The march was intended to speak out against violence inflicted on women and children. “It has to stop and it stops now. We have been quiet for too long, but we admit we have failed you,” said Jentile.
The march was attended by more than two hundred people, including numerous celebrities. The crowd gathered at Church Square in Pretoria before peacefully heading to the Union Buildings. Some marchers held aloft placards bearing the names of women who had been killed by their partners.
Jentile said organising the march had not been an easy task, but he and his fellow organisers believed something had to be done to send a message against violence perpetrated against women and children.
“I was tired of debating the issue on twitter and I called the guys and said let’s do something. We didn’t sleep this week… We did it without any help from the government. We tried, went to radio stations, sometimes we didn’t have money but we went anyway.
“I’m challenging you; this country is ours, it belongs to us, we must not be apologetic. Imagine if [murdered] Karabo [Mokoena] was your sister. They burned her beyond recognition, what are you going to do.”
Jentile said the organisers did not want “popularity”, but rather wanted to make a change. Critics had asked what a march would achieve. However, he and his colleagues would not be deterred and would do whatever possible to help women and children.
A woman at the march, Bukelwa Moerane, 25, who earlier this year survived a kidnapping by jumping out of a moving car, appealed to men to help women when they saw they were in trouble. “Men, if you see a woman running at night and alone, help her.”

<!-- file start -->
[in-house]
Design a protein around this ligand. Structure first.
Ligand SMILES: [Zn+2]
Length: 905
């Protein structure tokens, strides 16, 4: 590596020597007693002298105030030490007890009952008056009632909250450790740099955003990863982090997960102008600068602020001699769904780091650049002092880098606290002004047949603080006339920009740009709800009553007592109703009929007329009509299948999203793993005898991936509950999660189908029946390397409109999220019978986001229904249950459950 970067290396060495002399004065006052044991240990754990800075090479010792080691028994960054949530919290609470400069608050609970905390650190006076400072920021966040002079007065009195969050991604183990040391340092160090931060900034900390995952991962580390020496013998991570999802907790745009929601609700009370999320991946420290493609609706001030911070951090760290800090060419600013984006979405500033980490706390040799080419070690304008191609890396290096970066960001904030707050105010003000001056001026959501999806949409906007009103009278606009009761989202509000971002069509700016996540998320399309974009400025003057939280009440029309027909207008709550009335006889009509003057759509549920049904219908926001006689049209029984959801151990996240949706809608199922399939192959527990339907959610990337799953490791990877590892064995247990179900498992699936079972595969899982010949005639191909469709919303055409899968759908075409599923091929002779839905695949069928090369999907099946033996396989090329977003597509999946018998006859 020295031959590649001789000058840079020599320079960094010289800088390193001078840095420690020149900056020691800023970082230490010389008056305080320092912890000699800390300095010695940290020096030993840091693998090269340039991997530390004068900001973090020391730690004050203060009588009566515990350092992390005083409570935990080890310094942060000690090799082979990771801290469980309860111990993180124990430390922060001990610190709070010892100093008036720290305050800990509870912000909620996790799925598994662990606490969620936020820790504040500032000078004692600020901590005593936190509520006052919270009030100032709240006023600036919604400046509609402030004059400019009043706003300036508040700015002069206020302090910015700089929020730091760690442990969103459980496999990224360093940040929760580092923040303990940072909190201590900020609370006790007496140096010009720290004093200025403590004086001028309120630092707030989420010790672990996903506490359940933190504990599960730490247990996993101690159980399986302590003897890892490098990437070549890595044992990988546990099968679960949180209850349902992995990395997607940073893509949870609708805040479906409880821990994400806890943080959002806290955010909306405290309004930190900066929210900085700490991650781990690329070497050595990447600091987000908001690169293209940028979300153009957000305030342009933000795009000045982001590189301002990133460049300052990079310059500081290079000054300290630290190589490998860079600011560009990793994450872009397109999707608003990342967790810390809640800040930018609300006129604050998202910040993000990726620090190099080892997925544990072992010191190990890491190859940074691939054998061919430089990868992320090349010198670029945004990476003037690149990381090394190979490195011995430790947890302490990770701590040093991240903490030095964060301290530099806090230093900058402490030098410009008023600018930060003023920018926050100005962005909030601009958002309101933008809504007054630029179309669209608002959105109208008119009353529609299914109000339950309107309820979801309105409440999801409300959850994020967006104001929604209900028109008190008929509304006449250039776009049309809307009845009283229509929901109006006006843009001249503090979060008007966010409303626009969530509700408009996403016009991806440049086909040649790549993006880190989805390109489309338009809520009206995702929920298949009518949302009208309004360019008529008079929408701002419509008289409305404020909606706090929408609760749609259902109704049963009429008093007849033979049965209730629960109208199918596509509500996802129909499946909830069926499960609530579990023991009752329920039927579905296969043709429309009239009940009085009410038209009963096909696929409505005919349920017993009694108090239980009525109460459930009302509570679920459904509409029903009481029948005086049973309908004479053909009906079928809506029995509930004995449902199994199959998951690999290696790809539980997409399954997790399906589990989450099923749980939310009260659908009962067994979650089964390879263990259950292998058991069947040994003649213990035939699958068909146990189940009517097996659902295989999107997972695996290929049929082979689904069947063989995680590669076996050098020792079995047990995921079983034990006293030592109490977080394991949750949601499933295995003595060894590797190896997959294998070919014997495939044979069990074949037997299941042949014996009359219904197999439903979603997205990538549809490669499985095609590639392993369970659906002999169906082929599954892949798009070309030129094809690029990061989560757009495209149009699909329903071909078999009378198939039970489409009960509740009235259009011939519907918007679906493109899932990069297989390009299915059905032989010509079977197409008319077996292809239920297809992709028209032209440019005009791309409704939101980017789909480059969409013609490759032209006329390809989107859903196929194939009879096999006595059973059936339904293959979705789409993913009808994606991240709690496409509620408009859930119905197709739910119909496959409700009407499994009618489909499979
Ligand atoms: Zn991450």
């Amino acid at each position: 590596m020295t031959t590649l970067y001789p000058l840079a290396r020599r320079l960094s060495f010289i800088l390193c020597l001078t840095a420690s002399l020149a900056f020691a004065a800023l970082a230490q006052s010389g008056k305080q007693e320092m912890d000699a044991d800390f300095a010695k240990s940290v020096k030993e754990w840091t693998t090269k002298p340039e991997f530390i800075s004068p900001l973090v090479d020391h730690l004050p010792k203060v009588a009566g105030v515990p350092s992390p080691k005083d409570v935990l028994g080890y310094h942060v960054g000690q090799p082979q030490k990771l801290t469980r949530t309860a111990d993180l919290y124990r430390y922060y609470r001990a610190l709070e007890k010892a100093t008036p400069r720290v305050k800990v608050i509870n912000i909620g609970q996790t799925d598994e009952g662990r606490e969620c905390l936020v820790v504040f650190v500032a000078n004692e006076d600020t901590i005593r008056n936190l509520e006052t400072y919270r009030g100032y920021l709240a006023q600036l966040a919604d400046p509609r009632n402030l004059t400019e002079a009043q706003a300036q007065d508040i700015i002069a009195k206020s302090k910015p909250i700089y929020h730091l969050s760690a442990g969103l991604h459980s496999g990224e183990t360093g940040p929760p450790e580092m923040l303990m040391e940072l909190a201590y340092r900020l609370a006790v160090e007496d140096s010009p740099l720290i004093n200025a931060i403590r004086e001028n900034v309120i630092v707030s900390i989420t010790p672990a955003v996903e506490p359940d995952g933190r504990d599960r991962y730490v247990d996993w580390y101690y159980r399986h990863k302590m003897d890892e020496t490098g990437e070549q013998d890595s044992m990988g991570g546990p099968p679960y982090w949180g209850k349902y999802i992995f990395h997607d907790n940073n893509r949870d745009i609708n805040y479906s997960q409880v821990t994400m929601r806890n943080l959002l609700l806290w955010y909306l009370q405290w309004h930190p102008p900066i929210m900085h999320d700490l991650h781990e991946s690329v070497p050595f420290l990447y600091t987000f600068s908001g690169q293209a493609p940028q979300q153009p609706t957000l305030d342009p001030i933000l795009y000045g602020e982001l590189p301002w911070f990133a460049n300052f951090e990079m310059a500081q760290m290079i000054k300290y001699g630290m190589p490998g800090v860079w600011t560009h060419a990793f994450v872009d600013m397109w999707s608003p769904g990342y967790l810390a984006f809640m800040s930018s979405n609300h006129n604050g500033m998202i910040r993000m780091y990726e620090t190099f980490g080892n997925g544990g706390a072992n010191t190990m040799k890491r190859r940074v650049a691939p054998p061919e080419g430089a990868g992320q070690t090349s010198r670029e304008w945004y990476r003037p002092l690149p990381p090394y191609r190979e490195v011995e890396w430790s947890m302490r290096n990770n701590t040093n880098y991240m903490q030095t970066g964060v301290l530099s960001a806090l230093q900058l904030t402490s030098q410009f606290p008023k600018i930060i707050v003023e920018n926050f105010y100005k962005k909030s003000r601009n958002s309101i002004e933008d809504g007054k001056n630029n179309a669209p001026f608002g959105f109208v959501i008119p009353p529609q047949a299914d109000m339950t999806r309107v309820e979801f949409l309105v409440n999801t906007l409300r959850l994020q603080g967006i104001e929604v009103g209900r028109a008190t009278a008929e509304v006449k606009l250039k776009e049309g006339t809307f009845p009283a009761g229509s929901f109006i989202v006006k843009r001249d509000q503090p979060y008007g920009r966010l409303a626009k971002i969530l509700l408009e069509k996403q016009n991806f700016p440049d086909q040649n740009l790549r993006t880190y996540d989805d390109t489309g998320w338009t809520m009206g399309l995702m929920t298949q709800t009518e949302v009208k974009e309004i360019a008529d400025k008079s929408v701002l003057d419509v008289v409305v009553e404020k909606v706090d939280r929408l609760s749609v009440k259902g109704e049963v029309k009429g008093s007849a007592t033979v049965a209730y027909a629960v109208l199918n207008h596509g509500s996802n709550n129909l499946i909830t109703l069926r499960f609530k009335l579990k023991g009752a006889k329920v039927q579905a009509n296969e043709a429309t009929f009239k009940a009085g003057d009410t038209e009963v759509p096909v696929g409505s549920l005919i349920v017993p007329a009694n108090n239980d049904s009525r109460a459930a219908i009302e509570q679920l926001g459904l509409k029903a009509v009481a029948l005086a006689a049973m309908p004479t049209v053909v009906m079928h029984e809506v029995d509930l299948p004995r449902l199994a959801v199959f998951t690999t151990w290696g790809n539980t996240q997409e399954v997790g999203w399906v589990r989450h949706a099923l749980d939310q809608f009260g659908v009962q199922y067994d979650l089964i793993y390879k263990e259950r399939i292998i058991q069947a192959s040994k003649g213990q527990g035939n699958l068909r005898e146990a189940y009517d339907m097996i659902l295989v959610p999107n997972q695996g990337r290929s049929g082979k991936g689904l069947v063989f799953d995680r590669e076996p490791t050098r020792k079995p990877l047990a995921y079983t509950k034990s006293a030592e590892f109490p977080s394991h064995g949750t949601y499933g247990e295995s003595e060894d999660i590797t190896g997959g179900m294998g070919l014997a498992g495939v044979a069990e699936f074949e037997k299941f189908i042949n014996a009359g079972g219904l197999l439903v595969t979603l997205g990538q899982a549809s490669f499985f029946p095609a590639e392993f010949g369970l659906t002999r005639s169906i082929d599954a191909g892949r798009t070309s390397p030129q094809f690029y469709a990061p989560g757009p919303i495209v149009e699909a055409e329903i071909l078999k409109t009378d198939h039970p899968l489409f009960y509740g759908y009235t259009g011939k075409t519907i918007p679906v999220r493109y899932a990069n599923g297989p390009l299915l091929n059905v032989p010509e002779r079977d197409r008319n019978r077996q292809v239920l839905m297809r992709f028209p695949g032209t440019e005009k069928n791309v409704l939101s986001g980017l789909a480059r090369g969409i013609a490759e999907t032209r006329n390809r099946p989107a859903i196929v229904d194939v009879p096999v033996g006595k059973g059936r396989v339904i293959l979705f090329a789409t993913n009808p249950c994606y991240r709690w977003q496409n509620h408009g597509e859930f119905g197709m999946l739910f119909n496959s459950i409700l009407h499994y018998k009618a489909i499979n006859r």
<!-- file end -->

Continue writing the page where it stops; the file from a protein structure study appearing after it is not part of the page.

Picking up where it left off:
Moerane, who still has visible scars and a missing tooth from the incident, said she had just been dropped of by a taxi about 8pm at Baragwanath taxi rank in Soweto.
“The man told me to get in the car if I didn’t want to get hurt. I decided to get in because I didn’t want trouble. Along the way I realised that the door was not locked and I jumped out,” she said.
Moerane said she tried to stop motorists for help but no one stopped to help her until she reached a petrol station. “You see a man fighting a woman everyday. You must stand up for that woman. We hear women being beaten up in our neighbourhood, we hear women screaming, take a stand and help that woman. We individually need to be the change that we want to see in South Africa,” she said.Moerane first told her story on Twitter a few weeks ago and caught the attention of a well-known dentist who has offered to fix her teeth for free.
African News Agency